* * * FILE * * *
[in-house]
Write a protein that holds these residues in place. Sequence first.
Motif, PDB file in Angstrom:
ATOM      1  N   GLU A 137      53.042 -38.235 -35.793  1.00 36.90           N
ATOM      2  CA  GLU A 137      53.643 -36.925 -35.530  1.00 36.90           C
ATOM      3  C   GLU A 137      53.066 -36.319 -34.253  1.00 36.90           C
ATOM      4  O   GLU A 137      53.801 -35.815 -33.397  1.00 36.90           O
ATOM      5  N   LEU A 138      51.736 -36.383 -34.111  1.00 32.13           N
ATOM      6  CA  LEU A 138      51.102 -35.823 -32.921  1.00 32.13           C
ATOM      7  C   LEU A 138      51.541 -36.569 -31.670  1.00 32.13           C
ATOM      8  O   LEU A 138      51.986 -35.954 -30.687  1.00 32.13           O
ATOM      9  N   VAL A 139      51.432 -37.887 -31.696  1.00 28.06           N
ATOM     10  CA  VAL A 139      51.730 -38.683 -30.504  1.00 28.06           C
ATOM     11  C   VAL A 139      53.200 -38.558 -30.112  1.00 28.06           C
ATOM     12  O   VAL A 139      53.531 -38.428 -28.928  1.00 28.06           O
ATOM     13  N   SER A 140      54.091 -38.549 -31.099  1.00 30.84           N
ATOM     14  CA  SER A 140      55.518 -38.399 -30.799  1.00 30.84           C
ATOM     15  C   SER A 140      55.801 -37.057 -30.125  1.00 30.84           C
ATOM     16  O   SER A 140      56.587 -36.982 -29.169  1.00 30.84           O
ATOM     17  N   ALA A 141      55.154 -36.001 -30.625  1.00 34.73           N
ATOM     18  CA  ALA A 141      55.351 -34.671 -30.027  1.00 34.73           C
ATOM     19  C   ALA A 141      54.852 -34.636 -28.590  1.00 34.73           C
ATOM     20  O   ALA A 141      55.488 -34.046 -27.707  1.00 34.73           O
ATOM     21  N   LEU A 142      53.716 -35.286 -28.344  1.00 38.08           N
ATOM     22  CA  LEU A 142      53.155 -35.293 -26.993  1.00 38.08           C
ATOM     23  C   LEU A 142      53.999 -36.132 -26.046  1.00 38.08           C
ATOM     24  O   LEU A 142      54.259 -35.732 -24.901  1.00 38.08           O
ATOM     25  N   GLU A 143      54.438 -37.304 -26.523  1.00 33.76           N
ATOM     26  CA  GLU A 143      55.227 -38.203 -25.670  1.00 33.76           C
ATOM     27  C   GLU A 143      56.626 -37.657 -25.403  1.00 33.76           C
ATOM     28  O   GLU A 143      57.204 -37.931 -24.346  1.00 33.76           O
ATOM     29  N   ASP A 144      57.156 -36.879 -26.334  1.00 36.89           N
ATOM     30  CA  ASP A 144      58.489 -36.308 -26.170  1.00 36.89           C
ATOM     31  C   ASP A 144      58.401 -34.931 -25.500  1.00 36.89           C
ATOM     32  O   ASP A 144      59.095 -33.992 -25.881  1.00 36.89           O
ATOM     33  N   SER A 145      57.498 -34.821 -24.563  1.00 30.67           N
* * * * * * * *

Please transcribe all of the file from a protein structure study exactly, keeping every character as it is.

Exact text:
[in-house]
Write a protein that holds these residues in place. Sequence first.
Motif, PDB file in Angstrom:
ATOM      1  N   GLU A 137      53.042 -38.235 -35.793  1.00 36.90           N
ATOM      2  CA  GLU A 137      53.643 -36.925 -35.530  1.00 36.90           C
ATOM      3  C   GLU A 137      53.066 -36.319 -34.253  1.00 36.90           C
ATOM      4  O   GLU A 137      53.801 -35.815 -33.397  1.00 36.90           O
ATOM      5  N   LEU A 138      51.736 -36.383 -34.111  1.00 32.13           N
ATOM      6  CA  LEU A 138      51.102 -35.823 -32.921  1.00 32.13           C
ATOM      7  C   LEU A 138      51.541 -36.569 -31.670  1.00 32.13           C
ATOM      8  O   LEU A 138      51.986 -35.954 -30.687  1.00 32.13           O
ATOM      9  N   VAL A 139      51.432 -37.887 -31.696  1.00 28.06           N
ATOM     10  CA  VAL A 139      51.730 -38.683 -30.504  1.00 28.06           C
ATOM     11  C   VAL A 139      53.200 -38.558 -30.112  1.00 28.06           C
ATOM     12  O   VAL A 139      53.531 -38.428 -28.928  1.00 28.06           O
ATOM     13  N   SER A 140      54.091 -38.549 -31.099  1.00 30.84           N
ATOM     14  CA  SER A 140      55.518 -38.399 -30.799  1.00 30.84           C
ATOM     15  C   SER A 140      55.801 -37.057 -30.125  1.00 30.84           C
ATOM     16  O   SER A 140      56.587 -36.982 -29.169  1.00 30.84           O
ATOM     17  N   ALA A 141      55.154 -36.001 -30.625  1.00 34.73           N
ATOM     18  CA  ALA A 141      55.351 -34.671 -30.027  1.00 34.73           C
ATOM     19  C   ALA A 141      54.852 -34.636 -28.590  1.00 34.73           C
ATOM     20  O   ALA A 141      55.488 -34.046 -27.707  1.00 34.73           O
ATOM     21  N   LEU A 142      53.716 -35.286 -28.344  1.00 38.08           N
ATOM     22  CA  LEU A 142      53.155 -35.293 -26.993  1.00 38.08           C
ATOM     23  C   LEU A 142      53.999 -36.132 -26.046  1.00 38.08           C
ATOM     24  O   LEU A 142      54.259 -35.732 -24.901  1.00 38.08           O
ATOM     25  N   GLU A 143      54.438 -37.304 -26.523  1.00 33.76           N
ATOM     26  CA  GLU A 143      55.227 -38.203 -25.670  1.00 33.76           C
ATOM     27  C   GLU A 143      56.626 -37.657 -25.403  1.00 33.76           C
ATOM     28  O   GLU A 143      57.204 -37.931 -24.346  1.00 33.76           O
ATOM     29  N   ASP A 144      57.156 -36.879 -26.334  1.00 36.89           N
ATOM     30  CA  ASP A 144      58.489 -36.308 -26.170  1.00 36.89           C
ATOM     31  C   ASP A 144      58.401 -34.931 -25.500  1.00 36.89           C
ATOM     32  O   ASP A 144      59.095 -33.992 -25.881  1.00 36.89           O
ATOM     33  N   SER A 145      57.498 -34.821 -24.563  1.00 30.67           N